Tag Archives: hughes

W. J. Hughes — The Rexall Drugstore on the Corner

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W. J. Hughes — The Rexall Drugstore on the Corner
Photo-Adin Wesley Daigle
Mayor of Carleton Place – 1922 – Druggist Photo- – Rootsweb–
Photos-Carleton Place and Beckwith Heritage Museum

127-131 Bridge Street Carleton Place Circa 1870

The first storey storefronts of this building have been modified from the original glass windows for easier viewing of merchandise–hence the different colours of brick. 127-131 Bridge Street has housed a number of different businesses including pharmacies, clothing stores, grocery stores, and poolrooms.

The Hughes family bought the pharmacy from Dr. Preston in 1905.

W. J. Hughes Rexall Drug store was located on the corner and Thomas Lloyd Hughes born in 1897 along with his brother Harold until they each decided to run a smaller store at the opposite  ends of town. Lloy’s store was on Moffatt Street and Harold on Lake Ave West. For 50 years they were in groceries together and then the store was sold to Thomas’s nephew and for 12 years Thomas drove a butcher wagon. There was a dark room at the rear of the store where Mr. Hughes tested your eyes for glasses. You could buy a roll of film #116 for a Brownie Box camera for 25 cents and for $1.25 he would send it away to be developed.

The folks in Carleton Place will always remember the Rexall Drug annual 1 cent sale and every local household stocked up on cough medicine, cough drops, peroxide and all sorts of liniment. Some of the clerks that worked there were: Olive Dick, Ruby Voyce, and John Briscoe and Wilbert Robertson.

Harvey Asselstine attended the Ontario College of Pharmacy in 1929. In 1944, he
returned to Carleton Place and bought the drugstore at the corner of Bridge and
Franklin, from W.J. Hughes who operated it for 38 years. Betty Findlay and Mary Cook both worked at Assestine’s Pharmacy.  In the rear of Asselstine’s drug store the CPR Telegraph operated during the 1950s. Asselstine expanded his drug store and bought out Hughes Grocery. In 2006 the Athen’s Corners Restaurant  was located there.

Taber and McCrae operated a Men’s and Boy’s clothing store within Struther’s Block, which later became a pool hall  (next door) operated by Mel Barclay. Charlie Giroux, who only had one arm took over the pool hall then Ab Dowseth from Smiths Falls operated it for a short time but when McCann and Porter gained ownership they moved the pool hall to the old Bank of Commerce.

Jeremy Stinson— That corner was, for much of my childhood, the home of the Blossom Shop. Back before the one way street.

The Ottawa Journal
Ottawa, Ontario, Canada
09 Aug 1965, Mon  •  Page 31

Photos-Carleton Place and Beckwith Heritage Museum ( see the Queens Hotel across the street)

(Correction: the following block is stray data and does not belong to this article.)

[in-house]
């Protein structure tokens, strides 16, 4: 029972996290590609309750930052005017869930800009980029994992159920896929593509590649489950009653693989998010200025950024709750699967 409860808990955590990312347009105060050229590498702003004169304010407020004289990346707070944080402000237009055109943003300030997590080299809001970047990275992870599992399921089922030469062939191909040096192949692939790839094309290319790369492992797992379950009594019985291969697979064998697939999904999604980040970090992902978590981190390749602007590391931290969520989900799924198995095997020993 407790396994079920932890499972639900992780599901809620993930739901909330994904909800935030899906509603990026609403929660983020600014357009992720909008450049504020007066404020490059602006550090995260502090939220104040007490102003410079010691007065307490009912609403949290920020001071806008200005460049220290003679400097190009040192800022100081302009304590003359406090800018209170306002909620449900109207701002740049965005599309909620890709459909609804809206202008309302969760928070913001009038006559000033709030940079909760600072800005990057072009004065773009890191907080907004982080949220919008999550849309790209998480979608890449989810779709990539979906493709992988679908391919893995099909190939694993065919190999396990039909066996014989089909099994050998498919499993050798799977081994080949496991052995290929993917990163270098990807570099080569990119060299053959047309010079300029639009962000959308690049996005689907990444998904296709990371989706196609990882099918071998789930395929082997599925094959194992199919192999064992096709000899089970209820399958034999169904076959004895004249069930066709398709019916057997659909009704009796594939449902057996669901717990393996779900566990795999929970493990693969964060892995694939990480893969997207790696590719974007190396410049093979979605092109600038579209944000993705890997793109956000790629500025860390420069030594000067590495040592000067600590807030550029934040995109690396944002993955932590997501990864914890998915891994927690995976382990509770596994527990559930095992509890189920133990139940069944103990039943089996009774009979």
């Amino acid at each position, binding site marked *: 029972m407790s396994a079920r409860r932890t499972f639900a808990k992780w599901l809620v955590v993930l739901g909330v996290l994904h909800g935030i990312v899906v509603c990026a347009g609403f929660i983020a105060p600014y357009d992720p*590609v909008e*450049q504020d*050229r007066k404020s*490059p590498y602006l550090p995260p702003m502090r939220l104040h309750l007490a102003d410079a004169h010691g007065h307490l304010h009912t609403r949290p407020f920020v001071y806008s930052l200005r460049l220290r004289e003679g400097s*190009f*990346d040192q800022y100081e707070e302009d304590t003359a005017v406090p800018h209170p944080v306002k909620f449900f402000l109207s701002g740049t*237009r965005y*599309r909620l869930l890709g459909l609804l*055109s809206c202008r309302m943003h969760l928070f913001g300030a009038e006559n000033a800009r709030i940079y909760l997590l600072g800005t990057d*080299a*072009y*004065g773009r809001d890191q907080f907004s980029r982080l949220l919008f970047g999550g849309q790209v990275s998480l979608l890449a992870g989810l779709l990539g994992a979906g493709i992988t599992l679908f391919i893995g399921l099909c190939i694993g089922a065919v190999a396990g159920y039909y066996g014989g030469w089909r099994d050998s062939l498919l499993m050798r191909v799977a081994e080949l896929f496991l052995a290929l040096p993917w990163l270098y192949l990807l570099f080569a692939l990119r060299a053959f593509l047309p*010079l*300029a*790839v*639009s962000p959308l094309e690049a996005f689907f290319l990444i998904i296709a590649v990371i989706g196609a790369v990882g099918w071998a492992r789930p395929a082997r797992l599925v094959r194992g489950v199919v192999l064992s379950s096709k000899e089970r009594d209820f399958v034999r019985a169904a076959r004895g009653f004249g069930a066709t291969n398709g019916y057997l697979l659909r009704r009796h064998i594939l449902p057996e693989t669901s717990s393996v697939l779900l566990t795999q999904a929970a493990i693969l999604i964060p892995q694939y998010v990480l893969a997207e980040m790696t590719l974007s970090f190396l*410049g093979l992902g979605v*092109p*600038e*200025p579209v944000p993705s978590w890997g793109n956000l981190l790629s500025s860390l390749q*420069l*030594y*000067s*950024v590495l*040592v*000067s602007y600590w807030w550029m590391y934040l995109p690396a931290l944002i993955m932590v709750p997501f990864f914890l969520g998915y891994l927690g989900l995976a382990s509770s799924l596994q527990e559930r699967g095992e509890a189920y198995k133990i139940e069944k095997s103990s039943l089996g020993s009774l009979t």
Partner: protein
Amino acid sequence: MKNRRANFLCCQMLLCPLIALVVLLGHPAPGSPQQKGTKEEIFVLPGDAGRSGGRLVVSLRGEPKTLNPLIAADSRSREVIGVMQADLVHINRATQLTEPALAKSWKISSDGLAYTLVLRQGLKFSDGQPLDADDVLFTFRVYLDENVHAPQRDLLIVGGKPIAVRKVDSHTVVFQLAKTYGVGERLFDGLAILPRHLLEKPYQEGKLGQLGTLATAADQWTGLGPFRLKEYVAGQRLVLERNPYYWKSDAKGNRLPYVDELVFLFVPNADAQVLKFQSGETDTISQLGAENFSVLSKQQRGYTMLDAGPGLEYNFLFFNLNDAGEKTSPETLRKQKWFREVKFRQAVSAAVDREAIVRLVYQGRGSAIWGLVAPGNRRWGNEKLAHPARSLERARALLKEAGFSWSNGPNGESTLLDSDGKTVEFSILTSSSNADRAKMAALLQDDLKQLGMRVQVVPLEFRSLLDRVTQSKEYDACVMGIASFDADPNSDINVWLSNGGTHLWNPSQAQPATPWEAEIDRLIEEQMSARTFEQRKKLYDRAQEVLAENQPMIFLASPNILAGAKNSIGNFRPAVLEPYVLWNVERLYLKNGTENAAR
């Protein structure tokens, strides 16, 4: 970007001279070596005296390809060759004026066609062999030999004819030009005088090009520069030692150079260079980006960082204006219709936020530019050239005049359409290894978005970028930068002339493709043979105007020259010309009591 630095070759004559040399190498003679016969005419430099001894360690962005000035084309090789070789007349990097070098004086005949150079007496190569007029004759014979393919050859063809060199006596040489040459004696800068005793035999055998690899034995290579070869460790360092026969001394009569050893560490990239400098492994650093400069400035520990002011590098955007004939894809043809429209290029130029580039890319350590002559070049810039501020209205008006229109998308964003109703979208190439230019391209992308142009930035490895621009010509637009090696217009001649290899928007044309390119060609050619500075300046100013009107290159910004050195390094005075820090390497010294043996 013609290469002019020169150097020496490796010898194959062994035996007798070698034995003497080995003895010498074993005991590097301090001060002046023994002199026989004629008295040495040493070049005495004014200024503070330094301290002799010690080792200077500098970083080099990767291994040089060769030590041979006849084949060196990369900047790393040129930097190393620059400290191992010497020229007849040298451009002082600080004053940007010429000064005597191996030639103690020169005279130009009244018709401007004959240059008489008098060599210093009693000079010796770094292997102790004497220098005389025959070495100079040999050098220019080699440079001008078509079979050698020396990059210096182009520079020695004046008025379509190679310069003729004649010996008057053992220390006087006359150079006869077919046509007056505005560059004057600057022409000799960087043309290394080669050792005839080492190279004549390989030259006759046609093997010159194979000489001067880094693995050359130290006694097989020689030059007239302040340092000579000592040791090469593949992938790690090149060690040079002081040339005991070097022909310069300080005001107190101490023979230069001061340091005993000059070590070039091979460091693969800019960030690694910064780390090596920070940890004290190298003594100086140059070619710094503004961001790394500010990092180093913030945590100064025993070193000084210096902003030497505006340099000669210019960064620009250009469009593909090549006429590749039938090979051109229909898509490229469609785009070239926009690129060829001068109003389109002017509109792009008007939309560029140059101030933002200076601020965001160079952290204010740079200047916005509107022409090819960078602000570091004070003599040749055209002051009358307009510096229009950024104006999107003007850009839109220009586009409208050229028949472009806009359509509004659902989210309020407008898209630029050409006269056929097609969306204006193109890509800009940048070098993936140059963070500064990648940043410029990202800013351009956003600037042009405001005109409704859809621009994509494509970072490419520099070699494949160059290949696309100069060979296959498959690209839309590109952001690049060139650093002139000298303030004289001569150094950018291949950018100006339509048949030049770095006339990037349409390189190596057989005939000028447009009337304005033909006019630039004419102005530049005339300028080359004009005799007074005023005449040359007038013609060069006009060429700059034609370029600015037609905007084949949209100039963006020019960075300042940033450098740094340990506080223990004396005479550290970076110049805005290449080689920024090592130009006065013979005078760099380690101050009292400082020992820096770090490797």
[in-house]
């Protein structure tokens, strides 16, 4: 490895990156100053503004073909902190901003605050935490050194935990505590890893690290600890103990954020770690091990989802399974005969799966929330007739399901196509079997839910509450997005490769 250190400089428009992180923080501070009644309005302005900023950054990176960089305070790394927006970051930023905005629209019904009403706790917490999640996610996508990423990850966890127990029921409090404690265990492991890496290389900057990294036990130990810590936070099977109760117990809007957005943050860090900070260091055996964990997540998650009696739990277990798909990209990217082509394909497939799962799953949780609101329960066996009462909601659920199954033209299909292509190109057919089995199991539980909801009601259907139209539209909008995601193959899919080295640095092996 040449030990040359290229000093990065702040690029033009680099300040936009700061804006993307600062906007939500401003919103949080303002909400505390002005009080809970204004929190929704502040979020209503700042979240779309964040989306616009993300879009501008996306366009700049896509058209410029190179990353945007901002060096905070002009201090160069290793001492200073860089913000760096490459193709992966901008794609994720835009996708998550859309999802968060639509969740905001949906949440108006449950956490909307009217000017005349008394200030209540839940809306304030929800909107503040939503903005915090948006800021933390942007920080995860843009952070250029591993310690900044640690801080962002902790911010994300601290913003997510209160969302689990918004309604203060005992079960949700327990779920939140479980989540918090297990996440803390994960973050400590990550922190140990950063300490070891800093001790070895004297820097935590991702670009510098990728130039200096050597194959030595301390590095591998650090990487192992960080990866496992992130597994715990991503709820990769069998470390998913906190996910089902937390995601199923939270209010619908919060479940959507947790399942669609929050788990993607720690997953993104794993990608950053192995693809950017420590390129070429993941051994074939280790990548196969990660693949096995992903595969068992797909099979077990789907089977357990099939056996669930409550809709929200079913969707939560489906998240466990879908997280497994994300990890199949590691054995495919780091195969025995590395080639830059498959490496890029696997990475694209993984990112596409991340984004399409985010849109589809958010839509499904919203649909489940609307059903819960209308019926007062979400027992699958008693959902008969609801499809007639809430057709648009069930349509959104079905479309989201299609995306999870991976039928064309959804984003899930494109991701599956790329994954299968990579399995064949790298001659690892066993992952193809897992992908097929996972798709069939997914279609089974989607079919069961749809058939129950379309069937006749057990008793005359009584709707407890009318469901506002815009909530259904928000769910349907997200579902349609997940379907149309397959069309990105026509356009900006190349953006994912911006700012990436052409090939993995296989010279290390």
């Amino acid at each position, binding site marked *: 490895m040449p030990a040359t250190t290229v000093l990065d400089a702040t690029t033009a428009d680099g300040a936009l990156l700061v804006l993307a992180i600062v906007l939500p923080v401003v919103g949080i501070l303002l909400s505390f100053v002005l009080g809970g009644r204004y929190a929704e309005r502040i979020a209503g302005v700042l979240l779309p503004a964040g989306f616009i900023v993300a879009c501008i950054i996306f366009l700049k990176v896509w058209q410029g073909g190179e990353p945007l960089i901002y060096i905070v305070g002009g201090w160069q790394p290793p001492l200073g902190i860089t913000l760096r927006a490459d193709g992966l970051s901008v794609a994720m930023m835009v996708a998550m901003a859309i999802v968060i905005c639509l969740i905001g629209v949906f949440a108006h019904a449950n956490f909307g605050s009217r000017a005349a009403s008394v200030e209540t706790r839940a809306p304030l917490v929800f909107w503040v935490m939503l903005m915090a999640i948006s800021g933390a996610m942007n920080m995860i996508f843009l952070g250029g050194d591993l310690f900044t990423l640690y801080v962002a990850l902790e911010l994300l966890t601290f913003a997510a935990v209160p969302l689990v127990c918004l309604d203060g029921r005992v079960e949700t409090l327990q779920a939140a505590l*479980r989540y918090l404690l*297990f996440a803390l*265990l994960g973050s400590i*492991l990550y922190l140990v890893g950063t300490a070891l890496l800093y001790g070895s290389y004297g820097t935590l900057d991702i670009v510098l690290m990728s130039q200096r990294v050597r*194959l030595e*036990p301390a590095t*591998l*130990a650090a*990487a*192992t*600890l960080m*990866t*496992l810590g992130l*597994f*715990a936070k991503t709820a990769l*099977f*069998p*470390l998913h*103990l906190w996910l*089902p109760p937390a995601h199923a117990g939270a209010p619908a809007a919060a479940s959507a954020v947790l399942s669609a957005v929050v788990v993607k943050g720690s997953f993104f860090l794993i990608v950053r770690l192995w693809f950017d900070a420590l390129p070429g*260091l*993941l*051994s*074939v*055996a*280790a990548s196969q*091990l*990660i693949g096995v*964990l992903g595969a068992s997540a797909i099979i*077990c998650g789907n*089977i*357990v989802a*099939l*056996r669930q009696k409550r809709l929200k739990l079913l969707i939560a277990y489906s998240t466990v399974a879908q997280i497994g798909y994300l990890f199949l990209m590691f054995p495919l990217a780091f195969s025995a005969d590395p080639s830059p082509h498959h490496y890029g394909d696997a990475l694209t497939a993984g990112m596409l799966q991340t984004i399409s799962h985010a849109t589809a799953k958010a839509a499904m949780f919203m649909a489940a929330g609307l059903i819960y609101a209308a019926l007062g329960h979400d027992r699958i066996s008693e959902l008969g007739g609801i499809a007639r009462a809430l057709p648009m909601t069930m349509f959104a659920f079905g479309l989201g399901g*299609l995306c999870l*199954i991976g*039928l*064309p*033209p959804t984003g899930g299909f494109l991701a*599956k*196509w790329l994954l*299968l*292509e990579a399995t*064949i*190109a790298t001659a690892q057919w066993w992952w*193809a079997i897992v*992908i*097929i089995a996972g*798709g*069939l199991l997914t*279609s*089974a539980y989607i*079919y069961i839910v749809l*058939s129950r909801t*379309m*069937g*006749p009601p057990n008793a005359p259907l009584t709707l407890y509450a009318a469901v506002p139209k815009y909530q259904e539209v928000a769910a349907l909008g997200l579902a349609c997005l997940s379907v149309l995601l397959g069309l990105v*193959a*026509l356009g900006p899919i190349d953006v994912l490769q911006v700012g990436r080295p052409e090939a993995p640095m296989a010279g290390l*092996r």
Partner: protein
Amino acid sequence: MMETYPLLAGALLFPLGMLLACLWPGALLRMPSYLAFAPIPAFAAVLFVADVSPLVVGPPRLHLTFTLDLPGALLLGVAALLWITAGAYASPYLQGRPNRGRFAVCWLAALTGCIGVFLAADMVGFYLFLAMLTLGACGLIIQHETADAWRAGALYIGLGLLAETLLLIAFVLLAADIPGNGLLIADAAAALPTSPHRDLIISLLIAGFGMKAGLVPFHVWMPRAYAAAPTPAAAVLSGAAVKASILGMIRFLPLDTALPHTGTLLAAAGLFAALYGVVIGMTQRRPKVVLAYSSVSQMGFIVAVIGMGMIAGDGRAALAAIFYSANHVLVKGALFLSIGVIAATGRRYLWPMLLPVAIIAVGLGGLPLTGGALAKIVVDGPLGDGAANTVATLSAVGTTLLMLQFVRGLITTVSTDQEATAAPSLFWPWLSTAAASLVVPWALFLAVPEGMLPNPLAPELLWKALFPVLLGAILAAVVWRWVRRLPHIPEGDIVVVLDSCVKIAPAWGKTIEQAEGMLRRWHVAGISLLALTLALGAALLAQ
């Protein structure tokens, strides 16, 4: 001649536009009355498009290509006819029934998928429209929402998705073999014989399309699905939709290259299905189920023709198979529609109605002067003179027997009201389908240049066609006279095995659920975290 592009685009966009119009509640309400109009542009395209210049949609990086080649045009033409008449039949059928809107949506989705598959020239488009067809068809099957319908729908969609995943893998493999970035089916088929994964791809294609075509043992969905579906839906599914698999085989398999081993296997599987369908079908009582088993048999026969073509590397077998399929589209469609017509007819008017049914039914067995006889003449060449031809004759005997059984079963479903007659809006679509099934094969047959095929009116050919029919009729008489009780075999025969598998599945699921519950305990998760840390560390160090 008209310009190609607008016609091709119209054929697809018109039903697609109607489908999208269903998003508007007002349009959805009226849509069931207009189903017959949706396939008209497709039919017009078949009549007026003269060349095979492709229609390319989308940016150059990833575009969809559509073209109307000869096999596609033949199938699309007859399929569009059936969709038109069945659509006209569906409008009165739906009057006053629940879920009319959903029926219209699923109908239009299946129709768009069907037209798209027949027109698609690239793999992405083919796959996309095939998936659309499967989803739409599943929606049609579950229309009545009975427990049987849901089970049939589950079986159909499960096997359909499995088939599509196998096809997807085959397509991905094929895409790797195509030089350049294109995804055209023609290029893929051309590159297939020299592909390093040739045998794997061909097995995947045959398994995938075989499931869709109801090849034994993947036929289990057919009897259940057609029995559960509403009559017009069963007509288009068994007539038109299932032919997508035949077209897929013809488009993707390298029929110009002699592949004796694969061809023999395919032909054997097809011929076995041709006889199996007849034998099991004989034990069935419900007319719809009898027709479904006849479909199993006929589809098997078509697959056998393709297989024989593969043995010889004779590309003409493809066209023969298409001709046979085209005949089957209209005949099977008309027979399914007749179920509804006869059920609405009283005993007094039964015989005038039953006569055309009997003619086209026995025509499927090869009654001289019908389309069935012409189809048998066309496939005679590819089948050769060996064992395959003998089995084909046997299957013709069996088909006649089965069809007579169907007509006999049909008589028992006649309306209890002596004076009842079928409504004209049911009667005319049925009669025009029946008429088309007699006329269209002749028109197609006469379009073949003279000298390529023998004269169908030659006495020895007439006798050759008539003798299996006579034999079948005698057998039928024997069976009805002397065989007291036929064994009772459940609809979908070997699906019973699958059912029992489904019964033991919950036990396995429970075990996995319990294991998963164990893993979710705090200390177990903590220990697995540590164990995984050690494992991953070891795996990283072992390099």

Son of William James Hughes and Mabel Vaughan (nee Strong) Hughes, of Carleton Place, Ontario. Brother of Freda, Morley and Cyril. The Town of Carleton Place remembered Pilot Officer Hughes by naming a street for him.

The Ottawa Citizen
Ottawa, Ontario, Canada
Tue, Sep 02, 1941 · Page 9
The Ottawa Journal
Ottawa, Ontario, Canada
28 Apr 1947, Mon  •  Page 3
The Ottawa Citizen
Ottawa, Ontario, Canada
03 Dec 1921, Sat  •  Page 5

Documenting 60 Moore Street Carleton Place

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Documenting  60 Moore Street Carleton Place

Jayne GrahamThis was my great grandparents home (Lorne and Jennie Campbell) in Carleton Place. I don’t know when they purchased the home. My parents (Cam and Janet Hughes) lived on one side when I was born in 1963. The house caught on fire I think that year.

When my great grandmother went into what was then called the Lake Avenue Nursing Home, my grandparents Cora (her daughter) and Harold Hughes became the owners. My mom and dad returned to Carleton Place in 1979 and we did some renovations on the house. The house was hit by a car that year when an intoxicated man driving a stolen taxi from Traffords two doors up hit the right hand side in the front.

After my dad died in May 1980, my mom moved from the house to London and my grandparents sold the home. Unfortunately it has never looked the same as I remember growing up. My great grandmother had beautiful roses in the backyard as well as rose bushes growing up the side of what was a lovely front porch.

Name:Lorne John Campbell
Gender:Male
Race:Scottish (Scotish)
Age:63
Birth Date:29 Nov 1884
Birth Place:Ontario
Death Date:20 May 1948
Death Place:Carleton Place, Lanark, Ontario, Canada
Father:John Campbell
Mother:Mary Anne Campbell
Spouse:Jennie Mc Mullen

Photos from Jayne Graham

Jayne Graham
3m  · 

My great grandmother standing at the side porch with her roses.
Jayne Graham
3m  · 

Jayne Graham
5m  · 

My great grandparents sitting on a couch in the sitting room on Moore Street

Genealogy — Hello From Calgary— Hughes Innisville

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Genealogy — Hello From Calgary— Hughes Innisville

I descend from James McAlister and Mary More. James McAlister (Sr. or Jr.) had the west 1/2 of Lot 18, Concession 7, Ramsay Township.

I THINK James McAlister and Gavin McAlister (of the 8th concession) may have been brothers, and I believe that Janet McAlister, who married Robert Peacock, may have been their sister. Still working out that angle.

I’m also related to the Coburns of Pembroke, Lowes of Pakenham and McDowells of Shawville.) —KH McAlister

Feb 26 1909– Almonte Gazette

KH- I found these things and thought you might like them for your research

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The Ottawa Citizen
Ottawa, Ontario, Canada
17 Feb 1911, Fri  •  Page 3
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The Windsor Star
Windsor, Ontario, Canada
20 Feb 1909, Sat  •  Page 1
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The Winnipeg Tribune
Winnipeg, Manitoba, Canada
06 Jul 1911, Thu  •  Page 1

Lanark County 1869

Vol 1, pg 289 – James ANDERSON, 26, blacksmith, Beckwith, Innisville, s/o Matthew & Fanny, married Mary MORRIS, 20, Beckwith, Innisville, d/o Thomas & Mary Ann, witn: Robert HUGHES of Innisville, 6 Nov 1869 at Perth

Innisville Ontario school students, 1888, in which there are several McCoy children named.